In other news:
Garlicky Leek and Artichoke Soup: I love when someone else goes through the trouble of writing out recipes from the current issue of Vegetarian Times on the Internet, so I don't have to find an alternative version to link to. Thanks, stranger. Anyway, I made this one. (The linkees photos is way better). I didn't puree my soup at all and I was careless with my dollop of pesto. Regardless, first this soup smells good, then it tastes wicked good, but it is a horseshit reheat. I tried to have leftovers for lunch, stuck it in the microwave, had two bites and then ditched it. But man it's good hot off the stove. Especially if you are an artichoke freak, which I am.
Sharp Objects: A Novel by Gillian Flynn: If you can suspend your belief long enough to buy that Chicago’s fourth-largest newspaper would send its cub reporter to a small town eleven hours away to cover the grisly murders of two girls, than the rest of Gillian Flynn’s novel is really easy.
Full review here.
The Good Thief: A Novel by Hannah Tinti: In "The Good Thief," Hannah Tinti has created the equivalent of a carnival moon walk for adults. It is an adventure story, complete with an orphan and everything: Ren is a one-handed klepto who has recently been sprung from a priest-run home for boys slash winery by a man named Benjamin claiming to be his brother who weaves a fantastical tale about their dead parents. He’s brought along visuals. Two partial scalps to prove the massacre.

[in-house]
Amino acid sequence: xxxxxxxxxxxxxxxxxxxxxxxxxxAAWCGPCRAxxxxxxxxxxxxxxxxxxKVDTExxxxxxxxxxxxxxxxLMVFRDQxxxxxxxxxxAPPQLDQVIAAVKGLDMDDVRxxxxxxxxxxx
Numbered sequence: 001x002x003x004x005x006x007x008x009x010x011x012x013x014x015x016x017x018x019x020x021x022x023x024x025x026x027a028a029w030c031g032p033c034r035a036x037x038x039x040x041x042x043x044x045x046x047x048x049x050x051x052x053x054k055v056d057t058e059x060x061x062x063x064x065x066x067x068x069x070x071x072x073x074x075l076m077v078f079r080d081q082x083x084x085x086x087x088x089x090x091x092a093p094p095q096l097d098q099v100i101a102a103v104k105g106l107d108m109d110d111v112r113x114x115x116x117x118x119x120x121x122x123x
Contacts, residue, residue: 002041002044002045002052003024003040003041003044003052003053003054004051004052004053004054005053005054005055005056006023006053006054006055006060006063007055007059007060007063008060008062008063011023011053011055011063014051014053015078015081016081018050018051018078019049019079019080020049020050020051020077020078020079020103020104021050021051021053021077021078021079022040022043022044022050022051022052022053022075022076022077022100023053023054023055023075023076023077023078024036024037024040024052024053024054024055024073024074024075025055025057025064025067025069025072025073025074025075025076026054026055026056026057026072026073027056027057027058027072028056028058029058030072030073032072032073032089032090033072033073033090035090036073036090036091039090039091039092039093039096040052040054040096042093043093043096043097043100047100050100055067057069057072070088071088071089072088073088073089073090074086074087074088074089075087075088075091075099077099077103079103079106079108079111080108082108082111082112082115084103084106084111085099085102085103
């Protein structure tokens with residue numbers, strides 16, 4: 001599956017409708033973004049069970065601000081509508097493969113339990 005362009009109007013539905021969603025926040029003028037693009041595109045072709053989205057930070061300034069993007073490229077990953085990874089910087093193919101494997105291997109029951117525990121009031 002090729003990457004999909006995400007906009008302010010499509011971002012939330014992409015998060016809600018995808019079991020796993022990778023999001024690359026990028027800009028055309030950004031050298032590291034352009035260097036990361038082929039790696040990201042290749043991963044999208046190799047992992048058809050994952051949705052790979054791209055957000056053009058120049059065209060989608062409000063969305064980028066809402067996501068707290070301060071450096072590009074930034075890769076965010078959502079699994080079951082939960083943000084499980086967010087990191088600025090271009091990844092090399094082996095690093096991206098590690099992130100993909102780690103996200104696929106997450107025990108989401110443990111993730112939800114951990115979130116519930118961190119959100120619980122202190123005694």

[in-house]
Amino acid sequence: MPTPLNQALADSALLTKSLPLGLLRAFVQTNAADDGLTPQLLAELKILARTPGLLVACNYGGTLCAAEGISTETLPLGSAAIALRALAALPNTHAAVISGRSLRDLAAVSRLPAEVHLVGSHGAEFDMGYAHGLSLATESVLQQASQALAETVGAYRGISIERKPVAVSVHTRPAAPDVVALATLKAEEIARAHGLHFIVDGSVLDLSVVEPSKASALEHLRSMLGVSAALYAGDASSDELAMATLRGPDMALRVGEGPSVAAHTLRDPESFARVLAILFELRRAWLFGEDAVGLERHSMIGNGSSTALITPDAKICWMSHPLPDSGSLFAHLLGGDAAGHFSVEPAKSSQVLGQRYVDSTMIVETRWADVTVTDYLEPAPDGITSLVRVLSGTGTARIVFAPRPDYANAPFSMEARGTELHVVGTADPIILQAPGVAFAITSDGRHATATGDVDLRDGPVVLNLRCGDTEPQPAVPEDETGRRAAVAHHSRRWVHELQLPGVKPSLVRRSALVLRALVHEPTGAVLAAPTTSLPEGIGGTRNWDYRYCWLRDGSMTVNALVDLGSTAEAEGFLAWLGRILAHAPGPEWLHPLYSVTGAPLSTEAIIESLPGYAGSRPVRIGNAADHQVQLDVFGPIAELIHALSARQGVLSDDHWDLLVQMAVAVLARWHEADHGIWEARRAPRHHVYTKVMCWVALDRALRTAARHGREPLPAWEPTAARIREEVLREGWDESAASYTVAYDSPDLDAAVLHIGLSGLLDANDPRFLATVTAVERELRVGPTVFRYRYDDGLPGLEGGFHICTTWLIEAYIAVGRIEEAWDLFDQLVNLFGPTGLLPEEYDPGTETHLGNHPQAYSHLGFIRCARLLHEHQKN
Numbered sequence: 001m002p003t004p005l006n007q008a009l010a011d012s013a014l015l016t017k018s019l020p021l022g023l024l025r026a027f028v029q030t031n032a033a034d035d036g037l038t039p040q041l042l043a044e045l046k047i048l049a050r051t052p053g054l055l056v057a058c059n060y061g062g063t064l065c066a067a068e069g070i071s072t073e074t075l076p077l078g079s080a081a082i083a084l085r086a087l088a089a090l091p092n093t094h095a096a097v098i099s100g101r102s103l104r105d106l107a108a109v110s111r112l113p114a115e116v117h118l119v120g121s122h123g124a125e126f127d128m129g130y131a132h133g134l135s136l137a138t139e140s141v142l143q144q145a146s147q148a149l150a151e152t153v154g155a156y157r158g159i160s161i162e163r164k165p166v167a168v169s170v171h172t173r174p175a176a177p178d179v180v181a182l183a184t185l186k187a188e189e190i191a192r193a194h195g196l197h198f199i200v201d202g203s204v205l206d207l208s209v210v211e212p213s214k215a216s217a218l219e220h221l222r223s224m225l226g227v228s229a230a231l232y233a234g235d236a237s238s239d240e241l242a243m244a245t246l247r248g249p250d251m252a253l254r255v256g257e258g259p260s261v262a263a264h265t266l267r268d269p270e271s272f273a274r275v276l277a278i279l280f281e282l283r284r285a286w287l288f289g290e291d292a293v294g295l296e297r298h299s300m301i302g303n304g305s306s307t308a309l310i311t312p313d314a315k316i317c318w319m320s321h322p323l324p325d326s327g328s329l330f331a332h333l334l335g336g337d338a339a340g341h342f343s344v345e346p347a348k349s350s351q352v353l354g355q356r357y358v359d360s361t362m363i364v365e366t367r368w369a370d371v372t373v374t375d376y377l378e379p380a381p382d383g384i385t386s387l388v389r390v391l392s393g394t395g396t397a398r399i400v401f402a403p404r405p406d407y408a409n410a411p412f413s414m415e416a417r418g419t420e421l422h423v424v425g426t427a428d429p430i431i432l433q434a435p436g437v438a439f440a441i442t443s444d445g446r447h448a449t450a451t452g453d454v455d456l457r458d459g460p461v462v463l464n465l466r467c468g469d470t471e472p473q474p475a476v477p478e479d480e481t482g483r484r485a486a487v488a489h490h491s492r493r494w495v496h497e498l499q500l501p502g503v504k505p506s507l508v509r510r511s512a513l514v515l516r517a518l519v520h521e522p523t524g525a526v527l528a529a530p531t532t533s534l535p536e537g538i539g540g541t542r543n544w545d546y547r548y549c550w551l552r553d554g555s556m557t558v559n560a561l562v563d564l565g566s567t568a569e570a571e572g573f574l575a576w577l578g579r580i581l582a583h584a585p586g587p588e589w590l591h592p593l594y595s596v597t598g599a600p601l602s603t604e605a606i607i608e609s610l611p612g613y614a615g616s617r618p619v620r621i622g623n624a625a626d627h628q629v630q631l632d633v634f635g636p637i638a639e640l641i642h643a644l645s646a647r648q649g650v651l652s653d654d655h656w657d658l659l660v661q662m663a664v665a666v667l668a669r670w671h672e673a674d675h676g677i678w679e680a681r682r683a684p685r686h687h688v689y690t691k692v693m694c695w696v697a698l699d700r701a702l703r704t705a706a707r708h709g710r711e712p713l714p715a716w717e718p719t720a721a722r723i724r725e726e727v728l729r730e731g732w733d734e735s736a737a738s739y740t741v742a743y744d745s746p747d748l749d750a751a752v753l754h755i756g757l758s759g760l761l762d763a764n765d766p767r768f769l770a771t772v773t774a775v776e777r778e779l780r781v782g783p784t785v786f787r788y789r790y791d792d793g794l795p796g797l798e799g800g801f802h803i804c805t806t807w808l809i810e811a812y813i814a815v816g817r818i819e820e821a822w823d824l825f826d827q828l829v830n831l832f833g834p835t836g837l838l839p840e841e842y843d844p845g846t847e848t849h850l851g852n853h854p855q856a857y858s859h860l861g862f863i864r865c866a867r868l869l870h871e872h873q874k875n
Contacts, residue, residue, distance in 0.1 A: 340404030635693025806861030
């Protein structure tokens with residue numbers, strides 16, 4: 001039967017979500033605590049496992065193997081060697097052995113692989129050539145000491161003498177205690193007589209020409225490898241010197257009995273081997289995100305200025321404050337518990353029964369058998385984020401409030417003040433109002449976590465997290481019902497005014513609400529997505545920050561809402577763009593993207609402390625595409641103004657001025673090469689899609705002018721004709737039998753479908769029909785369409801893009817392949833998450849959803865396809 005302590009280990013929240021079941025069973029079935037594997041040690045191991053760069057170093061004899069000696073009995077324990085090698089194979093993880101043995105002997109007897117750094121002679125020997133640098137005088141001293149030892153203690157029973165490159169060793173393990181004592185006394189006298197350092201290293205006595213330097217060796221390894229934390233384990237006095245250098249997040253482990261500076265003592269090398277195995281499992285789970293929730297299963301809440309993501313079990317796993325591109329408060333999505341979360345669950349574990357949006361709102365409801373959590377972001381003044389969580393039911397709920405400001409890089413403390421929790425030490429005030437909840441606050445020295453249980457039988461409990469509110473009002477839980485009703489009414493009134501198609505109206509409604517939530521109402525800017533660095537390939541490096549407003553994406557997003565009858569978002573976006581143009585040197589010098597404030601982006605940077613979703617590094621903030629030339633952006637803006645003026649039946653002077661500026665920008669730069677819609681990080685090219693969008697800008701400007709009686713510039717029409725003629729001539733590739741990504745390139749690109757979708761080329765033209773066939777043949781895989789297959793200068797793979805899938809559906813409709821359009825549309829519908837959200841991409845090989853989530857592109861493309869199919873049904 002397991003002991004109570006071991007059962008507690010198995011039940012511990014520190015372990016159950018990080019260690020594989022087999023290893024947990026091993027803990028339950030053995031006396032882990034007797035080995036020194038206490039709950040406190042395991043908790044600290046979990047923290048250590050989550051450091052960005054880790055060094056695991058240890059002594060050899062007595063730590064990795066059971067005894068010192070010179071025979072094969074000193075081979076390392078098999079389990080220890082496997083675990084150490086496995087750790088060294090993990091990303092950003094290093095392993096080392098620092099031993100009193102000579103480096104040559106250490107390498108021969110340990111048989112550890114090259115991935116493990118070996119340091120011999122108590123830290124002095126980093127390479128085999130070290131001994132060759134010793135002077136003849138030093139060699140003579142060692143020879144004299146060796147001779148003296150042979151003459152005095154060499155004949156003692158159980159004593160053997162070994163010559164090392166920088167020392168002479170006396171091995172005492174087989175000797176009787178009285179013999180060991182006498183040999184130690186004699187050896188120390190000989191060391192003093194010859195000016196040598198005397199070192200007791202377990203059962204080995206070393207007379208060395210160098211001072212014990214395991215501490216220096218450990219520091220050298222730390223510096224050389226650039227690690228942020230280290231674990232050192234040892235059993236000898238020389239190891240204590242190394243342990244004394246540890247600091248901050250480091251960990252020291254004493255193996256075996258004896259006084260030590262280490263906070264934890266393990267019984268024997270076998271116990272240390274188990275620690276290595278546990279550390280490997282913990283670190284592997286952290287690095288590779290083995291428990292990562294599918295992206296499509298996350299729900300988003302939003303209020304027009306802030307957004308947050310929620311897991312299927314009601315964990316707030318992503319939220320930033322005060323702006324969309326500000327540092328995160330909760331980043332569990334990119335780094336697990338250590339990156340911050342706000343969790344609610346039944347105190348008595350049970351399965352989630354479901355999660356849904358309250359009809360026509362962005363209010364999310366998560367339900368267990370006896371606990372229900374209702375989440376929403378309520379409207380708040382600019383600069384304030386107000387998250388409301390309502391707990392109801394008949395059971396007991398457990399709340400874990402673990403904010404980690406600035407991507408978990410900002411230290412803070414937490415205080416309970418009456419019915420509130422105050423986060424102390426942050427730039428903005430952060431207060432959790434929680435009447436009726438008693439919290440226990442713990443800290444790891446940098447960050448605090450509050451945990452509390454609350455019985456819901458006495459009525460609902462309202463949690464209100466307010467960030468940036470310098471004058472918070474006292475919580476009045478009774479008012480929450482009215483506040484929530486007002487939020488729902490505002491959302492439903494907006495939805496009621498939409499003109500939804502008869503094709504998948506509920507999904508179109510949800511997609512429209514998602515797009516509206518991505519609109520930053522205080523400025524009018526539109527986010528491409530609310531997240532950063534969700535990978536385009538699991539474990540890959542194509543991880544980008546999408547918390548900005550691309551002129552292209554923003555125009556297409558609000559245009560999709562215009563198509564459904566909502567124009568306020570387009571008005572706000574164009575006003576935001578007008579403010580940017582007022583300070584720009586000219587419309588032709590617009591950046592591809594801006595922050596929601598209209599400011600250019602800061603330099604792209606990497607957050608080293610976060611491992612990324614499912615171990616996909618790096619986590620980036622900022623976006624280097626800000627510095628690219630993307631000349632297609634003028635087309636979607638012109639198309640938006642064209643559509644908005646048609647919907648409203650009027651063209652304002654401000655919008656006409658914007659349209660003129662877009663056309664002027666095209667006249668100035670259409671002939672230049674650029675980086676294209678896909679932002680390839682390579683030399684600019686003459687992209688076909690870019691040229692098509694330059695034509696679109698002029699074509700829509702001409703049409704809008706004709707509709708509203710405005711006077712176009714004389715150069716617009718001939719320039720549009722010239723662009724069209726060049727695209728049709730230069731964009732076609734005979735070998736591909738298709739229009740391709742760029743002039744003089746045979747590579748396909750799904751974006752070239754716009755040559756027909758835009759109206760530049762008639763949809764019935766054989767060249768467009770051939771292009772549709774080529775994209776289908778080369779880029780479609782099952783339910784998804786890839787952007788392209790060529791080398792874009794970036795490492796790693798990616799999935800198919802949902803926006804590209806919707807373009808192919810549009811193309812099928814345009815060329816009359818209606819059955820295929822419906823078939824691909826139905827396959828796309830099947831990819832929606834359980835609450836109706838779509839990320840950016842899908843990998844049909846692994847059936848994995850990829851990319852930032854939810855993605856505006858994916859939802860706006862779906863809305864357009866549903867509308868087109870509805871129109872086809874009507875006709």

Full review here.
Ballistics: Poems by Billy Collins: I don't read a ton of poetry these days, but when I do it is his. (Or Bukowski, or Simic, I suppose). He could almost be classified as a comedian, penning mini Laffy Taffy lines. He is a total treat, taking short stories about usable objects, scraping off the fat, and leaving behind something simple and funny. In the collection "Ballistics" more than I remember in his other books, he is very self-referential. He becomes a character in his own words, his poem becomes the subject of the same poem, he stops a piece in the middle to address the reader. The effect is totally charming. More often than not, I chuckled at the last line and then dog-eared the page.
Full review will be here.
The Ticking Is the Bomb: A Memoir by Nick Flynn: Fantastic writing. Bite sized chapters. I'm still trying to decide why I didn't love it. So don't start looking here for reviews yet.
The Stepfather Sean McNamara as a serial killer posed as a doting stepfather, with teen candy by way of a character from "Gossip Girl." And if there isn't enough tension in the plot, Dan Humphry's girlfriend in this one prancing around in her underwear whipping her hair around and making sassy faces.
Night of the White Pants: I can't decide if this movie is more like "200 Cigarettes," "License to Drive," "Ferris Bueller," that Beth Cooper thing. ... Luckily I find it hilarious when the main character walks around in his underwear and an apron. I like imagining how this flick got made: Selma Blair knows someone who wrote a "one crazy day" flick filled with chaos. She agrees to be in it, and brings along another recognizable male actor. Sha. Bam.